Group: soc.history.whatif · Group Profile
Author: Jenny Brien Date: May 13, 2008 18:50
On Mon, 12 May 2008 13:43:00 +0100, Jack Linthicum
> I bring up my posting of May 1 in the "About Sealion" thread. If a
> unit had been created and trained, ie the maximum forethought about
> England and its vulnerability, would it have made any difference,
> other than getting a lot of people killed in June 1940 that died
> later? By May 25th the Germans would have known the British were
> trapped in Dunkirque.
> "From Warlimont's diaries there was no throught about invading England
> until near the end of the Dunkirque operation. The Kreigsmarine was
> planning in November 1939 but without any connection to anyone else.
> On June 25, 1940 section L had held meetings in a farmhouse at Rodert
> in which the idea of letting France be bypassed and a direct invasion
> following the defeated British across the channel. It was raised and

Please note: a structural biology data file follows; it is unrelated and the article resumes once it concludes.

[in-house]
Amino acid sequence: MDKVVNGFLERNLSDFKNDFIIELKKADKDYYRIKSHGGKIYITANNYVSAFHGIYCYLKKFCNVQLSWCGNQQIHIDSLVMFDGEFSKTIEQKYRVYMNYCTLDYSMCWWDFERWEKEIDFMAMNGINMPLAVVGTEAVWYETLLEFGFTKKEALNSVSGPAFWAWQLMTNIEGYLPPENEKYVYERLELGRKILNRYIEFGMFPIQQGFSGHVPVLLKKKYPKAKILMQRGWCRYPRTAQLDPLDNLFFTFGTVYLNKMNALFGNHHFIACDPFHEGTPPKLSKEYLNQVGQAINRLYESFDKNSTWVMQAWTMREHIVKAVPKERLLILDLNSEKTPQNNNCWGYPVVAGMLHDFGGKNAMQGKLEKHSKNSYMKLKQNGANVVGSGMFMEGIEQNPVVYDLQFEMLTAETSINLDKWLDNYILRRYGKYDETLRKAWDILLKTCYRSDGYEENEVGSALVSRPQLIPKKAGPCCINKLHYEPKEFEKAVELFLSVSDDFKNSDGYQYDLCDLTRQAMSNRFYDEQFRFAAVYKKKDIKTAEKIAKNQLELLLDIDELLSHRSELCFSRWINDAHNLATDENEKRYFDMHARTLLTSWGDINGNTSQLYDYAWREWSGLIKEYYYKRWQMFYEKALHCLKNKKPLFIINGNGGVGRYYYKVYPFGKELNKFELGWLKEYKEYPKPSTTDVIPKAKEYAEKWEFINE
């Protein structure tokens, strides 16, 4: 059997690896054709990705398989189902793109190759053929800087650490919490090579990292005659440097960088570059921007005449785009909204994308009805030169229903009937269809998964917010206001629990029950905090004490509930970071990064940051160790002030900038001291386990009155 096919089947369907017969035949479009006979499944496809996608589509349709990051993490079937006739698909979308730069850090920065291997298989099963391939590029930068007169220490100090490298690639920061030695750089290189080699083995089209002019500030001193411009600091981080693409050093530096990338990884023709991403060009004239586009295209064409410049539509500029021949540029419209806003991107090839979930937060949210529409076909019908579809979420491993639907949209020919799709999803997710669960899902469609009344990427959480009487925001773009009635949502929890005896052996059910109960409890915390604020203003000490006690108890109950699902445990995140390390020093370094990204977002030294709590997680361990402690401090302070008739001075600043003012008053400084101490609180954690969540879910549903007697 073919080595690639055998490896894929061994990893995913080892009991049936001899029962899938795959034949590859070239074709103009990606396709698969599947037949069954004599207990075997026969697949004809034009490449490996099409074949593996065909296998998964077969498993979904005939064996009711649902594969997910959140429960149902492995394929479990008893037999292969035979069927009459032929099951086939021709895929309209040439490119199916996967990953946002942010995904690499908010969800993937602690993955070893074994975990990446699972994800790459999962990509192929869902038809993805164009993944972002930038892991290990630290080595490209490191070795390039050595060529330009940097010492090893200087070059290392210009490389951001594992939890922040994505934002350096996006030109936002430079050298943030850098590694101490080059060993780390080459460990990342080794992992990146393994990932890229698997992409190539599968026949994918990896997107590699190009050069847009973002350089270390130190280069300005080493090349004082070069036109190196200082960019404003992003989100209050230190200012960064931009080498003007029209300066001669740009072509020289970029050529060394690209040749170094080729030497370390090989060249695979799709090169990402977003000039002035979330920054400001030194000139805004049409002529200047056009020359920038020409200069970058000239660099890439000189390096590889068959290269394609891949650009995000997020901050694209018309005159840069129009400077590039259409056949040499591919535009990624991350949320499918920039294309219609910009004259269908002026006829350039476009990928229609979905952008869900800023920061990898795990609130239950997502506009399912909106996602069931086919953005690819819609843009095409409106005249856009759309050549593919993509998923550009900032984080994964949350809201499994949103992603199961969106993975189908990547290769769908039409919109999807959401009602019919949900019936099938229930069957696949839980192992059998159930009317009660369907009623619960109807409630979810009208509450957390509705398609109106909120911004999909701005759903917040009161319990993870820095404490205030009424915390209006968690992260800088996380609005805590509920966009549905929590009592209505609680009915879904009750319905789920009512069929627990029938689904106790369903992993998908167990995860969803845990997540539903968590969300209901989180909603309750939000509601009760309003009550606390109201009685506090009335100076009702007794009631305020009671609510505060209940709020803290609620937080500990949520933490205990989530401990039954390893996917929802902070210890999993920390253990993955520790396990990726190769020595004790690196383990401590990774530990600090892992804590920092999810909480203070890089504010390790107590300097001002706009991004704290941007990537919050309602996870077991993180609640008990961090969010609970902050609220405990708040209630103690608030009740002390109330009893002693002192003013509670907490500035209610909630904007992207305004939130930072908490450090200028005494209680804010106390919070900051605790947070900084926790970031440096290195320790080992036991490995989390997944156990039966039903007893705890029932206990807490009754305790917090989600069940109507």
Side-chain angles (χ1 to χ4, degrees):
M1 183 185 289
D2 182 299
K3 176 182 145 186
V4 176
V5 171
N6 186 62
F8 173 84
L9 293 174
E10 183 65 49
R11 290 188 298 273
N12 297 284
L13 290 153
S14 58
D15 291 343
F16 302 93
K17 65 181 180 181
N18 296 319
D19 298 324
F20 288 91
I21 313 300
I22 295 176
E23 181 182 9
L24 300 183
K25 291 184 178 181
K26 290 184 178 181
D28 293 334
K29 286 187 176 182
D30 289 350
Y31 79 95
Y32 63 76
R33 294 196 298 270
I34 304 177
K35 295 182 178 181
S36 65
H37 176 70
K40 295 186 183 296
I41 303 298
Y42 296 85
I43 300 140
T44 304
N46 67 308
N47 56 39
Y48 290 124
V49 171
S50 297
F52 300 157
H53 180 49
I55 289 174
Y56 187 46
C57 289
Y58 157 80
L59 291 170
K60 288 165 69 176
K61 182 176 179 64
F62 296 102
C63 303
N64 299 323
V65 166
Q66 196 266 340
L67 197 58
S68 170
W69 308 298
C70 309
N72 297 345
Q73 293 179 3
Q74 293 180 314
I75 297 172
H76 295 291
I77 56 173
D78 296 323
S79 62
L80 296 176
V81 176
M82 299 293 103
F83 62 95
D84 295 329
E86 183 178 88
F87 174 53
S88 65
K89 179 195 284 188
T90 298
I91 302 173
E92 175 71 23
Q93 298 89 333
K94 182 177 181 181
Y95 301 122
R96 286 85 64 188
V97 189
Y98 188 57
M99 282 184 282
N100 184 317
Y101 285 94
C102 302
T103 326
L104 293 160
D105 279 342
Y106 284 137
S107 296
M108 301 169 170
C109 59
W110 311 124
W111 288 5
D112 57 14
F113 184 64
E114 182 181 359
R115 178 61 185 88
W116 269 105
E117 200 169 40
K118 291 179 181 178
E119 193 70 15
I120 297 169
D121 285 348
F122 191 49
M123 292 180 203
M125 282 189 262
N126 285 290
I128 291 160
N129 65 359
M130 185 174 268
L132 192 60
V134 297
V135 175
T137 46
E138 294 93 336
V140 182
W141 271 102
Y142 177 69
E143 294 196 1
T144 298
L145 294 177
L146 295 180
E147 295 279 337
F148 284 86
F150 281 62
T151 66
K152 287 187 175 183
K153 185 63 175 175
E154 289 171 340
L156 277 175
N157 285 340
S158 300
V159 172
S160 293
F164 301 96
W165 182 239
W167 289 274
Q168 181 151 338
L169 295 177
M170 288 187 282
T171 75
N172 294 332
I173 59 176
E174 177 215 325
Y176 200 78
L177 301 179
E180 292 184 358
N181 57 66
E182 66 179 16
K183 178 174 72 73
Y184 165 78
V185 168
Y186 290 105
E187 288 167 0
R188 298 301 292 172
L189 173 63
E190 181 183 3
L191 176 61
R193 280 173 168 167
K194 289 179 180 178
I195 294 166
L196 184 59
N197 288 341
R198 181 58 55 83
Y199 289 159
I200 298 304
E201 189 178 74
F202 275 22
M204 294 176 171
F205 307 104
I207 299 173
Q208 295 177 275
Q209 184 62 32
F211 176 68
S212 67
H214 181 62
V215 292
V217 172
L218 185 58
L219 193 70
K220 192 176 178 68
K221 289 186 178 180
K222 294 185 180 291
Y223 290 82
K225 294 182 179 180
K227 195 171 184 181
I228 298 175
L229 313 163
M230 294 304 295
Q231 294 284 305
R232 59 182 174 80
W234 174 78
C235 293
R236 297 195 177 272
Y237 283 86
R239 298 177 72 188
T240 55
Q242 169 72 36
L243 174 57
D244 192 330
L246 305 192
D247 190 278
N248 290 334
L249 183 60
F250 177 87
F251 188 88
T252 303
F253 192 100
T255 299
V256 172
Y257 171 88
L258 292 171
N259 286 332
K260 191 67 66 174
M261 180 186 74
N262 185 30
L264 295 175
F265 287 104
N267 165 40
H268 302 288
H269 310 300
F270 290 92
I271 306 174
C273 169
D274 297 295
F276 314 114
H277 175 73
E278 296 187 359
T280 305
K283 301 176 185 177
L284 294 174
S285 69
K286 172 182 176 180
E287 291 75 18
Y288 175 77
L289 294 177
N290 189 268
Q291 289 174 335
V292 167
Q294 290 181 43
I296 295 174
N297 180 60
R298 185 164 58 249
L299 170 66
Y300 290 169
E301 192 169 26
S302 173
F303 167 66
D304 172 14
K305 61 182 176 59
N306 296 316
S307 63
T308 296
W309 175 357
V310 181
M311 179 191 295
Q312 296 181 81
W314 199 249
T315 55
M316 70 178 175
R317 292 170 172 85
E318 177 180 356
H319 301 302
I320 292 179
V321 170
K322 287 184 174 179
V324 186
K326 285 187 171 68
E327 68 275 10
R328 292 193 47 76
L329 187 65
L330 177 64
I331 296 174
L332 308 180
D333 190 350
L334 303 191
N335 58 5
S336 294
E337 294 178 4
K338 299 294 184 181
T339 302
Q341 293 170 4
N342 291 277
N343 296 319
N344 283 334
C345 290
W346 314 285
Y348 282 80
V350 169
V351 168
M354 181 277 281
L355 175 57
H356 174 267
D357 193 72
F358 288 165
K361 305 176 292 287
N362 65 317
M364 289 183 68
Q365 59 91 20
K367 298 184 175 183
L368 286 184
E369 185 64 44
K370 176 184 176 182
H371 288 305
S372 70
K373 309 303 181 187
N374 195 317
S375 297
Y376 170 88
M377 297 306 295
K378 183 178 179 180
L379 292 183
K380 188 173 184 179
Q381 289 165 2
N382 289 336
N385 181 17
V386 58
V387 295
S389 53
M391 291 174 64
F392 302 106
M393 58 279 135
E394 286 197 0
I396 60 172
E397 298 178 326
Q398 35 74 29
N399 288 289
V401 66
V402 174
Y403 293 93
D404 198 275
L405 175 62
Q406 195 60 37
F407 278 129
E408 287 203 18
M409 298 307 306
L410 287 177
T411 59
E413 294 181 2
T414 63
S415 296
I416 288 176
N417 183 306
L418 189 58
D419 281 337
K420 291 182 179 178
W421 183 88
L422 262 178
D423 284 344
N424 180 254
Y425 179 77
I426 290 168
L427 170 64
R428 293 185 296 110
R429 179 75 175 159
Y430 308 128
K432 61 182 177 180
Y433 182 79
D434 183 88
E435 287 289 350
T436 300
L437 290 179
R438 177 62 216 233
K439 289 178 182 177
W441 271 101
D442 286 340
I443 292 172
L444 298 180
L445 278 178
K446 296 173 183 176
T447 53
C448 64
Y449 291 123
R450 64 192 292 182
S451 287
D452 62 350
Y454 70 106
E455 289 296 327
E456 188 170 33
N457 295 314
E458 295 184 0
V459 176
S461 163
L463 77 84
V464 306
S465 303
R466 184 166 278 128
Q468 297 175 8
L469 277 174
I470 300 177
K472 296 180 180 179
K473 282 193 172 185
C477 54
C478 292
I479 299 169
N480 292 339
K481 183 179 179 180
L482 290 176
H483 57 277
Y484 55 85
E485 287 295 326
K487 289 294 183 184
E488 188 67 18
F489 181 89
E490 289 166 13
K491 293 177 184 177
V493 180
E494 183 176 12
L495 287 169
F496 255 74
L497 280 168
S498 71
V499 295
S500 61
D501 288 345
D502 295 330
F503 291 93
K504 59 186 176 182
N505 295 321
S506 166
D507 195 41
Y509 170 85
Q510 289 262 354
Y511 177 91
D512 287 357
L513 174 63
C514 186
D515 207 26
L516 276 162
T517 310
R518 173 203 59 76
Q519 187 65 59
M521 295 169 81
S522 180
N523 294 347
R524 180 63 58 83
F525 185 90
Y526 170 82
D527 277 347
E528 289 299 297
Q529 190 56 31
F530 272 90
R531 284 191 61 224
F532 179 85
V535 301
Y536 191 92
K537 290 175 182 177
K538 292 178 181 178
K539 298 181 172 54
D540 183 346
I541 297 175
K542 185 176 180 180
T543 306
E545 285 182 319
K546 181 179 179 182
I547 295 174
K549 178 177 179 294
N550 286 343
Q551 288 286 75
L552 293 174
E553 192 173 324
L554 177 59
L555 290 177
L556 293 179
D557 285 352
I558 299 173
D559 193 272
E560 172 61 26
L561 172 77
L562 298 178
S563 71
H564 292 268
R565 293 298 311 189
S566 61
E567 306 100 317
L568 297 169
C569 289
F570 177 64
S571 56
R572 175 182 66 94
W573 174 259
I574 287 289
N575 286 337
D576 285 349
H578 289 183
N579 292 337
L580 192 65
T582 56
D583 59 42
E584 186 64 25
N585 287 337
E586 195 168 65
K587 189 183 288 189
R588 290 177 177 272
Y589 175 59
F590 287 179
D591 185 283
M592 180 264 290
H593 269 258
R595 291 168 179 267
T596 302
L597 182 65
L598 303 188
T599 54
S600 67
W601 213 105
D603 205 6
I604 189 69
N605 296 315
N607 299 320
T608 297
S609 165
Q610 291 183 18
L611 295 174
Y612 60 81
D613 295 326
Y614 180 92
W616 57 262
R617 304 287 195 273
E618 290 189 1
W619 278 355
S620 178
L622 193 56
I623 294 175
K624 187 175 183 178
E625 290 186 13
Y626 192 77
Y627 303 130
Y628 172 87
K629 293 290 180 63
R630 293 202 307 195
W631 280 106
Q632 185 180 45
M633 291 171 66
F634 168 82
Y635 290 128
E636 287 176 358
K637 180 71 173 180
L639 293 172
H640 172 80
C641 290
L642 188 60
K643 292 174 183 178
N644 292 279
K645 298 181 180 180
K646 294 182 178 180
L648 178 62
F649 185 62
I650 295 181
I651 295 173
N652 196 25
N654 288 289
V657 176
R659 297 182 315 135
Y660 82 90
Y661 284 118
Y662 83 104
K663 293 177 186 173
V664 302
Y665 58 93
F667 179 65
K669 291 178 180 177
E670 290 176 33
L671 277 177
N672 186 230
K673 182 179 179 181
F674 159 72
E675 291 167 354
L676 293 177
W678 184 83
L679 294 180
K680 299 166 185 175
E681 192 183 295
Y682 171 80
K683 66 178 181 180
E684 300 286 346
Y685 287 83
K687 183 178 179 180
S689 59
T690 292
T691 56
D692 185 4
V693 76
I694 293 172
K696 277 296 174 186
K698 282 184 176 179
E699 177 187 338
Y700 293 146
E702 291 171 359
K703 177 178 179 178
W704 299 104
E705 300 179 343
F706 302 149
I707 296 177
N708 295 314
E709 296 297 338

> A phantom WI, ie one that would never have happened, would require a
> belief that the German armies would be as successful as they were in
> 1940, something Warlimont even Hitler didn't believe. A designated
> unit with transport sufficient to get into an English port and secure
> an area with port facilities and a landing field would have had a
> better chance than all of the stuff planned for Sealion later."
Sealion was only considered because France fell quickly and cheaply,
giving hope that Britain would too. To put together an operation in time
for Dunkirk, that would have had to have been the expectation from the
start. The plan would be to plunder Britain and France in revenge for
Versailles before heading East, presumably using all those captured
warships to dominate the Black Sea and the Baltic.*
It would be very hard to hide all the preparations. I would expect that
Czechslovakia rather than Poland would be the causus belli.
* I never said it would work!